Sep

MerSETA backs SATMC tyre safety training

2015-09-10 15:00
<em>FleetWatch’s Brake & Tyre Watch</em>  programme takes traffic officials through the many defects found on truck tyres. Other items included in training are brakes and general condition of vehicles as regards total maintenance.

Here is some good news which FleetWatch welcomes. The South African Tyre Manufacturers Conference (SATMC), representing all four South African Tyre Manufacturers – Bridgestone, Continental, Goodyear and Sumitomo – has received financial backing from the Manufacturing, Engineering and Related Services Sector Education and Training Authority (merSETA) to provide traffic officers and South African Revenue Services (SARS) customs officials with tyre safety training.

The intention behind the training is to highlight the importance of tyre safety, especially the early detection of damaged tyres liable to cause devastating, even fatal accidents. The law enforcement officers who patrol national roads daily will now be much better equipped to educate road users on tyre safety and maintenance, ultimately yielding safer roads for all South Africans.

Examples of tyre faults found at <em>FleetWatch Brake & Tyre Watch</em> events. The chunks out of these tyres are down to the beading and therefore the tyres should be replaced as they present blow-out points.

Examples of tyre faults found at FleetWatch Brake & Tyre Watch events. The chunks out of these tyres are down to the beading and therefore the tyres should be replaced as they present blow-out points.

Completion of training provides officials with accreditation towards a formal, nationally-recognised qualification in line with the National Training Standards. “We focus on enhancing the knowledge of traffic and customs officials, ensuring a good understanding of current legal requirements when checking tyres on vehicles,” says Nobuzwe Mangcu, SATMC managing executive.

“The SATMC training is both classroom-based and experiential, enabling officials to undertake a technical examination of tyres with guidance from tyre experts. The value of this knowledge is understated in their examination of unroadworthy vehicles that pose a huge safety risk. The training ultimately contributes to reducing road accident rates on our roads,” says Mangcu.

Examples of tyre faults found at <em>FleetWatch Brake & Tyre</em> events. The inner tyre was totally flat leaving the outer tyre to do all the work. Unsafe and a waste of money.

Examples of tyre faults found at FleetWatch Brake & Tyre events. The inner tyre was totally flat leaving the outer tyre to do all the work. Unsafe and a waste of money.

MerSETA plays a pivotal role in meeting National Skills Development Strategy (NSDS) goals, with the use of levies from the Department of Higher Education and Training. As a training facilitator bent on closing the national skills gap, MerSETA pays grants, registers moderators and assessors, identifies scarce skills, accredits service providers, monitors training quality and implements projects.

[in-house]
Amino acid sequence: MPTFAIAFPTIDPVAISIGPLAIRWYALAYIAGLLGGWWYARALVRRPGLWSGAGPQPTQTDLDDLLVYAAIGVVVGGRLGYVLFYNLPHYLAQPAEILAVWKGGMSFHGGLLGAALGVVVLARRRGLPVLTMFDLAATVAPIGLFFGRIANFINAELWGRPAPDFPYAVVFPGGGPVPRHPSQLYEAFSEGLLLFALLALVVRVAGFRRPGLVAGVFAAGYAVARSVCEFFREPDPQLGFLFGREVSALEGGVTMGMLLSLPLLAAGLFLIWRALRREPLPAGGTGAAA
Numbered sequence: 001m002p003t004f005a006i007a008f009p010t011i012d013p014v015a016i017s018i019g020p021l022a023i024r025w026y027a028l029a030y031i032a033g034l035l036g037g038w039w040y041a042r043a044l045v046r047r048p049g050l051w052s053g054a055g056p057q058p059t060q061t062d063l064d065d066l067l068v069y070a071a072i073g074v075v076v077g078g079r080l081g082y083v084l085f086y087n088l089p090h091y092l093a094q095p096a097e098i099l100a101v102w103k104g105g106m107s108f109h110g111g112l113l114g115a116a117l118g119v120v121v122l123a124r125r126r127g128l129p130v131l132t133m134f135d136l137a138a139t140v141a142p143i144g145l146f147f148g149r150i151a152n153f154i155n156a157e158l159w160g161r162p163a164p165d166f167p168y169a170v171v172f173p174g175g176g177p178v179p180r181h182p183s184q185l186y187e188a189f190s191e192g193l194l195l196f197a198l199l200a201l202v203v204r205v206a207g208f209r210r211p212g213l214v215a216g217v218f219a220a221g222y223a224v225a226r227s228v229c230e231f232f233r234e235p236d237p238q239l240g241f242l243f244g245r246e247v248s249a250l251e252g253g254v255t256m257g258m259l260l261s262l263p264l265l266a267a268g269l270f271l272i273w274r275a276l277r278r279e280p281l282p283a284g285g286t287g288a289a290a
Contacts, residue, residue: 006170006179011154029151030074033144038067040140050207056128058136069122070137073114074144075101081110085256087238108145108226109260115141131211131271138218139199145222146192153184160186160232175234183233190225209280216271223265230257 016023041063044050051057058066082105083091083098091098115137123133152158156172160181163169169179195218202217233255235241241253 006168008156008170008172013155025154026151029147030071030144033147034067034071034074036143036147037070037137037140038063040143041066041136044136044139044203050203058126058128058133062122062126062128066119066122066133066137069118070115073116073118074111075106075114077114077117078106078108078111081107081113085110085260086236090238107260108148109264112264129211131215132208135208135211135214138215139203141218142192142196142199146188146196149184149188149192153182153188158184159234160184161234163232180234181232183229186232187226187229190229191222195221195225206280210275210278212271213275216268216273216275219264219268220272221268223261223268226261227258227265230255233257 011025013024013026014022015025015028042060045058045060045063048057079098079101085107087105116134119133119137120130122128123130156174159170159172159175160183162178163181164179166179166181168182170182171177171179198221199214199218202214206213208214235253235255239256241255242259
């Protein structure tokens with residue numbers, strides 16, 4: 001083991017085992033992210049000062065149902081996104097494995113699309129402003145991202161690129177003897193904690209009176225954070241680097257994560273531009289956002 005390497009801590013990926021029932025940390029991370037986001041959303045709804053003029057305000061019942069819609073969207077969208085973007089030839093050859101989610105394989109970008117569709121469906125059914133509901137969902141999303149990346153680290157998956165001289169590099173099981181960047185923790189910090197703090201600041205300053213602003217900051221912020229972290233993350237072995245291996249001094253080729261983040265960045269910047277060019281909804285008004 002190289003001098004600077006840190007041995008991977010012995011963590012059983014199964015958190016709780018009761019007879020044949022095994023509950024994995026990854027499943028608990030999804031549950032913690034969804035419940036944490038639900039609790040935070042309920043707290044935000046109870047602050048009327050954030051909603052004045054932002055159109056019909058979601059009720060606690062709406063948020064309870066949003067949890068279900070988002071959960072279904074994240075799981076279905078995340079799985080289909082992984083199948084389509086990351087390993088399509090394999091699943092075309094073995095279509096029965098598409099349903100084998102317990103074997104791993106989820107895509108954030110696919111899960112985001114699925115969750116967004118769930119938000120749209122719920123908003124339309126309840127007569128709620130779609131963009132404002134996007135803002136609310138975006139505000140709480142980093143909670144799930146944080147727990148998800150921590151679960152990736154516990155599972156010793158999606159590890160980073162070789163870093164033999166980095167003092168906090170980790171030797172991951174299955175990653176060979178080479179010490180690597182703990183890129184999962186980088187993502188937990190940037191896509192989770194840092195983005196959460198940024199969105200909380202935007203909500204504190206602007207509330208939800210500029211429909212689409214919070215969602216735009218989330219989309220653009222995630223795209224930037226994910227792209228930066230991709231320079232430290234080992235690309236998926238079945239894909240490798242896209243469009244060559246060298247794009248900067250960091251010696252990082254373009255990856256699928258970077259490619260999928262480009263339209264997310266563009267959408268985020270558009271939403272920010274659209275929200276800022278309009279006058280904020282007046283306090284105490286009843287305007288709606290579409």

MerSETA’s mission is to increase access to relevant, high quality skills development and training opportunities in order to reduce inequalities and unemployment and promote employability and economic participation. “MerSETA’s role in facilitating the development of skills in the tyre sector in South Africa is critical,” says Mangcu.

“Traffic officers can be a credible source of advice for truckers and motorists,” Mangcu continues. “Tyres have developed tremendously in technological terms and traffic officers need to keep up with recent technological advancements of tyres, to ensure that their tyre knowledge is at the cutting edge.”

Examples of tyre faults found at <em>FleetWatch Brake & Tyre</em> events. Sidewall cuts on tyres are unwelcomed expenses and Best Practise dictates that the tyre must be scrapped. It cannot be repaired and will eventually result in a blow-out.

Examples of tyre faults found at FleetWatch Brake & Tyre events. Sidewall cuts on tyres are unwelcomed expenses and Best Practise dictates that the tyre must be scrapped. It cannot be repaired and will eventually result in a blow-out.

“Tyres have to bear the entire weight of the vehicle and cargo in addition to shock absorption, steering and braking,” Mangcu adds. “All drivers must be made aware that driving with damaged tyres is incredibly dangerous and puts the lives of all road users at risk. As our training motto says, knowledge is power.”

SATMC collectively hosted and trained 129 municipal and provincial traffic officials, South African Police Services (SAPS) officials and weighbridge inspectors at Mooi Plaza, Tugela Plaza, Harrismith and Heidelberg in April this year.

“Our partnership with MerSETA allows us to increase the reach of this valuable training and ensures accreditation and empowerment for the individuals attending the training. We appreciate MerSETA’s support in this venture,” says Mangcu.

FleetWatch welcomes this initiative for, via our Brake & Tyre Watch project, we have seen how officials need such knowledge. There can never be enough training. Well done to all.

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